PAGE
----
Our employees also use features in Microsoft Information Protection, like the sensitivity button in Microsoft 365 applications to tag and classify documents. Depending on the classification level—even if a document moves out of our environment—it can only be opened by someone that was originally provided access.

How can Zero Trust be used to isolate devices on the network to further reduce an attack surface?

The origins of Zero Trust were focused on micro-segmentation of the network. While Microsoft’s focus extends beyond the physical network and controlling assets regardless of connectivity or location, there is still a strong need for implementing network segmentation within your physical network.

We currently have segmented our network into the configuration shown in the following diagram, and we’re evaluating future segments as the need arises. For more details on our Zero Trust strategy around networking, check out Microsoft’s approach to Zero Trust Networking and supporting Azure technologies.

A diagram of Microsoft policy-based segmentation, which is broken into differentiated devices, identities, and workloads.
Network segmentation is used to isolate certain devices, data, or services from other resources that have direct access.

How do you apply Zero Trust to a workstation where the user is a local admin on the device?

For us, it doesn’t matter what the device or workstation is, or the type of account used—any device that is looking for access to corporate resources needs to be enrolled and managed by Microsoft Intune, our device management service. That said, our long-term vision is to build an environment where standard user accounts have the permission levels to be just as productive as local admin accounts.

How important is it to have Microsoft Azure AD (AAD), even if we have Active Directory (AD) on-premises, for Zero Trust to work in the cloud? Can on-premises Active Directory alone work to implement Zero Trust if we install Microsoft Monitoring Agent (MMA) to it?

Because Microsoft has shifted most of our security infrastructure to the Microsoft Azure cloud, using Microsoft Azure AD Conditional Access is a necessity for us. It helps automate the process and determine which identities and devices are healthy and secure, which then enforces the health of those devices.

Using MMA would get you to some level of parity, but you wouldn’t be able to automate device enforcement. Our recommendation is to create an AAD instance as a replica of your on-premises AD. This allows you to continue using your on-premises AD as the master but still leverage AAD to implement some of the advanced Zero Trust protections.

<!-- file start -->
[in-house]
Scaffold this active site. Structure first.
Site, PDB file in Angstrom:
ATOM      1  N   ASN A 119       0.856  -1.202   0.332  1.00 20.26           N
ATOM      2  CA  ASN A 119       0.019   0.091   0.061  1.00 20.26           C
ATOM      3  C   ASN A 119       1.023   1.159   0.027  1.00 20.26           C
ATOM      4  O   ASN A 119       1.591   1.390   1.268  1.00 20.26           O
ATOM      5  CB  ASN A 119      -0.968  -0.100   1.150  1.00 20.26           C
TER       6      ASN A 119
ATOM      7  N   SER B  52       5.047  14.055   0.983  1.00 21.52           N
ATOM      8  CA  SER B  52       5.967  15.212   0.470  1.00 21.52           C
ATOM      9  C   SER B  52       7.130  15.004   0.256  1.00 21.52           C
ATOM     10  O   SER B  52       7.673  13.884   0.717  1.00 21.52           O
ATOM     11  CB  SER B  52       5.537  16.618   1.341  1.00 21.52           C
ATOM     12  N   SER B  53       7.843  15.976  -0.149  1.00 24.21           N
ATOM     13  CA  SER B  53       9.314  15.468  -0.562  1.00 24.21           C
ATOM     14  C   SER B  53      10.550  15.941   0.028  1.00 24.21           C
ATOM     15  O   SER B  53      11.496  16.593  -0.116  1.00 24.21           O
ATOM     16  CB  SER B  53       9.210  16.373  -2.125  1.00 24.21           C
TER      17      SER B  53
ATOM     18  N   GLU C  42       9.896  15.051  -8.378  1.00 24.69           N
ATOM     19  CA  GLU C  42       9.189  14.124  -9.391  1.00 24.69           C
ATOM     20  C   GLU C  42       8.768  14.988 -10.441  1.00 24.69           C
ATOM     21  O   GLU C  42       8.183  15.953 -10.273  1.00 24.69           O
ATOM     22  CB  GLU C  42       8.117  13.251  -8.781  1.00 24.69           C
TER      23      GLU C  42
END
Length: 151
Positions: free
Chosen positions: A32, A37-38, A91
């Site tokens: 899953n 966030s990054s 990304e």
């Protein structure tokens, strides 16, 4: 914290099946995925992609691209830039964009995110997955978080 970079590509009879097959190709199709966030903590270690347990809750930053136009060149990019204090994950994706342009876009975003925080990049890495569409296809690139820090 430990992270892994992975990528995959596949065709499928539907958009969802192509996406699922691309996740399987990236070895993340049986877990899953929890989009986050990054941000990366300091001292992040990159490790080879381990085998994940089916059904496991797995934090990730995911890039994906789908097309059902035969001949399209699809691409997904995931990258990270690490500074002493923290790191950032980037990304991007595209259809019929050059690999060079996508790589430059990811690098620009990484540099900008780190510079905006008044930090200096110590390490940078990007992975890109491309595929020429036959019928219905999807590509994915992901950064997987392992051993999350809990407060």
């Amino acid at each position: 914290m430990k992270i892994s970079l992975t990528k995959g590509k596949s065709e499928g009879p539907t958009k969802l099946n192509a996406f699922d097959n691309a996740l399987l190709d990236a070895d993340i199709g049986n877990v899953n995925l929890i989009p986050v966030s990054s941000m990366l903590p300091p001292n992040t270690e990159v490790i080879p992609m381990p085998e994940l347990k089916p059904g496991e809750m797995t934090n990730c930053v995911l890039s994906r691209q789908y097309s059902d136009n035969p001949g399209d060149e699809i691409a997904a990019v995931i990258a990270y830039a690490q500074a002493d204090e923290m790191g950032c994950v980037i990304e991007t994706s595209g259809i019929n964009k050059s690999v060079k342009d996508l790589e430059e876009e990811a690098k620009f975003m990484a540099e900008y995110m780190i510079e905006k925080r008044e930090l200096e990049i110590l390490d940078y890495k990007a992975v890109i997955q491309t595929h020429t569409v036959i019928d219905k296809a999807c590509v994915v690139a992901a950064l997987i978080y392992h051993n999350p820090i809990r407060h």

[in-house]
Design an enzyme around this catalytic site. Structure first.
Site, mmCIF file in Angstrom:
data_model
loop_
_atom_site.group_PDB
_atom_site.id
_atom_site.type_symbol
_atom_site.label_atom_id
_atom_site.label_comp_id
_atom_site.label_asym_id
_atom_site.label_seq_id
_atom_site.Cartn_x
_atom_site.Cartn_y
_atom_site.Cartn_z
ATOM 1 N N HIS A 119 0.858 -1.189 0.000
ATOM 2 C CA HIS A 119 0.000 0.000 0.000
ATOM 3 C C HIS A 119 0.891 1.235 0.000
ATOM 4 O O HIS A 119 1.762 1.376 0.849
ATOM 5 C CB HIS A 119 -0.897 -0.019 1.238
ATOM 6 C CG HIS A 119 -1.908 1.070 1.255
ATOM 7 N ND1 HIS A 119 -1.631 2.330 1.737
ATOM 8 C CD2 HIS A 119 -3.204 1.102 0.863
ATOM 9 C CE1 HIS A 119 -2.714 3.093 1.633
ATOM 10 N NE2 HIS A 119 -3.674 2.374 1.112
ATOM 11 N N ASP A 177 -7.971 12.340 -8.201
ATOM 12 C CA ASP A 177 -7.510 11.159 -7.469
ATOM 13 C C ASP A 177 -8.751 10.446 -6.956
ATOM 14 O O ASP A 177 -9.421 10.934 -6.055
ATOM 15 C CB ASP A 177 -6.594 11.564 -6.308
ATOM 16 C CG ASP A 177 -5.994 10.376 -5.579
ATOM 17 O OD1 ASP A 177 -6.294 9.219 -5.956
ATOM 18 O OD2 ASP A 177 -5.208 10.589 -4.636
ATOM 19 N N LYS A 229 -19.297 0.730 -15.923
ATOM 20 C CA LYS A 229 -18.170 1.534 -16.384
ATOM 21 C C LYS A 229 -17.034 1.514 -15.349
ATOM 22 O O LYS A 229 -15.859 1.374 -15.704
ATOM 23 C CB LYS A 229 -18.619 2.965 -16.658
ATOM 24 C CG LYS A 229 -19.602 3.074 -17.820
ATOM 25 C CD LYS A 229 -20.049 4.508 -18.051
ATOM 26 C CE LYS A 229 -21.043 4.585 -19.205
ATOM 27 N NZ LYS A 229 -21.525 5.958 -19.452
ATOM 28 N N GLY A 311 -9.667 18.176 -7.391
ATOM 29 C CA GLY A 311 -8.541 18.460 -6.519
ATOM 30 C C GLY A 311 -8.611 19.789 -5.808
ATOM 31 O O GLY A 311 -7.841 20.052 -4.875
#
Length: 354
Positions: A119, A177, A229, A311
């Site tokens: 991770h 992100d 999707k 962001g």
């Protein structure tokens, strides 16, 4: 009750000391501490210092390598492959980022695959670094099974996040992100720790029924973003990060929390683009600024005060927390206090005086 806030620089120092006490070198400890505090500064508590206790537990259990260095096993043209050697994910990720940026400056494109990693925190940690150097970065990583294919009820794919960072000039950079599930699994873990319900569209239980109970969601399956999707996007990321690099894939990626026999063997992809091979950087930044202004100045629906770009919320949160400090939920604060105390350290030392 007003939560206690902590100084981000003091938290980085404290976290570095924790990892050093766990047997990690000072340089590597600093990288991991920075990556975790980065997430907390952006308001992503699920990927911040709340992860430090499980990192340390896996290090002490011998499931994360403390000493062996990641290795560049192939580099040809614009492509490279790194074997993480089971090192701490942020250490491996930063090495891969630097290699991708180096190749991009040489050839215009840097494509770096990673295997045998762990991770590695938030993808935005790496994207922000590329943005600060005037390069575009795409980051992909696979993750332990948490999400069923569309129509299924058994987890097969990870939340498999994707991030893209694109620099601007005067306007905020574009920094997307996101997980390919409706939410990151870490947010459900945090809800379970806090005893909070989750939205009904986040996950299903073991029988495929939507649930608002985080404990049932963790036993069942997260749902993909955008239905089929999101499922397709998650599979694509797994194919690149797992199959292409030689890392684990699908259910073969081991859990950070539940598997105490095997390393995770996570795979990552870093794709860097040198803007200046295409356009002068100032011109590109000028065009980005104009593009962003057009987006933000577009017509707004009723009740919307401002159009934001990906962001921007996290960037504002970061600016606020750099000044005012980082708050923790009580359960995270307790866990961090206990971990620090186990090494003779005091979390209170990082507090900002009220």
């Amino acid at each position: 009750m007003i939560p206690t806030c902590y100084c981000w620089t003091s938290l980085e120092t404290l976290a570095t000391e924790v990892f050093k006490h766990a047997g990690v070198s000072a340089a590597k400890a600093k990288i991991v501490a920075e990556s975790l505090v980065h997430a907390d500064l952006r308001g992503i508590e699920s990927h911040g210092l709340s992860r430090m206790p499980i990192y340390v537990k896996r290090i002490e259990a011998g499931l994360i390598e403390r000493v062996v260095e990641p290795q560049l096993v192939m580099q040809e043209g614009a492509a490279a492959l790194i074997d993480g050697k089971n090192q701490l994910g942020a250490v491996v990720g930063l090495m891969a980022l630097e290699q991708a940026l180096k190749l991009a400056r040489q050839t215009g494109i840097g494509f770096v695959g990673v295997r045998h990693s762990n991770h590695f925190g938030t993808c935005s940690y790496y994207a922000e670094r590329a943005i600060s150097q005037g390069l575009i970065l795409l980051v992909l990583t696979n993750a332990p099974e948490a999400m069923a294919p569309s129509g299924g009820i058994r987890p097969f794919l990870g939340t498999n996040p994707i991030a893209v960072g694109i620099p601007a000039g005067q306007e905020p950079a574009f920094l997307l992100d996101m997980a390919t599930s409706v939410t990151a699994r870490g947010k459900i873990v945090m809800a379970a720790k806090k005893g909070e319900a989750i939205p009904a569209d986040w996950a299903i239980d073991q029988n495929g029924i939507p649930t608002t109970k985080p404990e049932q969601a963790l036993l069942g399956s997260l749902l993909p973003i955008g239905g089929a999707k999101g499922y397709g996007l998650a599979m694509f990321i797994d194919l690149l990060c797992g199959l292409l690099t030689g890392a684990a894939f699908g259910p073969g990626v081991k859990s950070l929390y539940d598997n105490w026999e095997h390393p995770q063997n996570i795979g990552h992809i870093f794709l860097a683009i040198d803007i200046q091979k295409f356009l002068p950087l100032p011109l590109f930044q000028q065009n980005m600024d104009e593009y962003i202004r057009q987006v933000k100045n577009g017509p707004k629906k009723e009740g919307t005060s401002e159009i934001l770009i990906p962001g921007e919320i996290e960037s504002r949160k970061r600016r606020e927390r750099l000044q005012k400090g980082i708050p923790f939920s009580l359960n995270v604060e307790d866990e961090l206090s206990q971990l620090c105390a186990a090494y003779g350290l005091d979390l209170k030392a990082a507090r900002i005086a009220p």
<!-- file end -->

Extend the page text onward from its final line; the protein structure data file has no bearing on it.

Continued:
How do you deal with Zero Trust for guest access scenarios?

When allowing guests to connect to resources or view documents, we use a least-privileged access model. Documents tagged as public are readily accessible, but items tagged as confidential or higher require the user to authenticate and receive a token to open the documents.

We also tag resources like Microsoft SharePoint or Microsoft Teams locations that block guest access capabilities. Regarding network access, we provide a guest wireless service set identifier (SSID) for the guest to connect to which are isolated with internet only access. Finally, all guest accounts are required to meet our MFA requirements prior to granting access.

We hope this guidance is helpful to you no matter what stage of the Zero Trust journey you’re on. As we look to 2021, the key lesson is to have empathy. Understanding where an employee is coming from and being transparent with them about why a policy is shifting or how it may impact them is critical.

– Mark Skorupa, principal program manager

What’s your Zero Trust priority for 2021?

We’re modernizing legacy and on-premises apps to be available directly from the internet. Making these available, even apps with legacy authentication requirements, allows our device management service to apply conditional access, which enforces verification of identities and ensures devices are healthy.

We hope this guidance is helpful to you no matter what stage of the Zero Trust journey you’re on. As we look to the rest of 2021, our team continues to come back to is the importance of empathy. Understanding where an employee is coming from and being transparent with them about why a policy is shifting or how it may impact them is critical.

Microsoft wasn’t born in the cloud either, so many of the digital security shifts we’re making by taking a Zero Trust approach aren’t familiar to our employees or can be met with hesitancy. We take ringed approaches to everything we roll out, which enables us to pilot, test, and iterate on our solutions based on feedback.

Leading with empathy keeps us focused on making sure employees are productive and efficient, and that they can be stewards of security here at Microsoft and with our customers.

Read this article about how Microsoft is adopting a Zero Trust security model to secure corporate and customer data.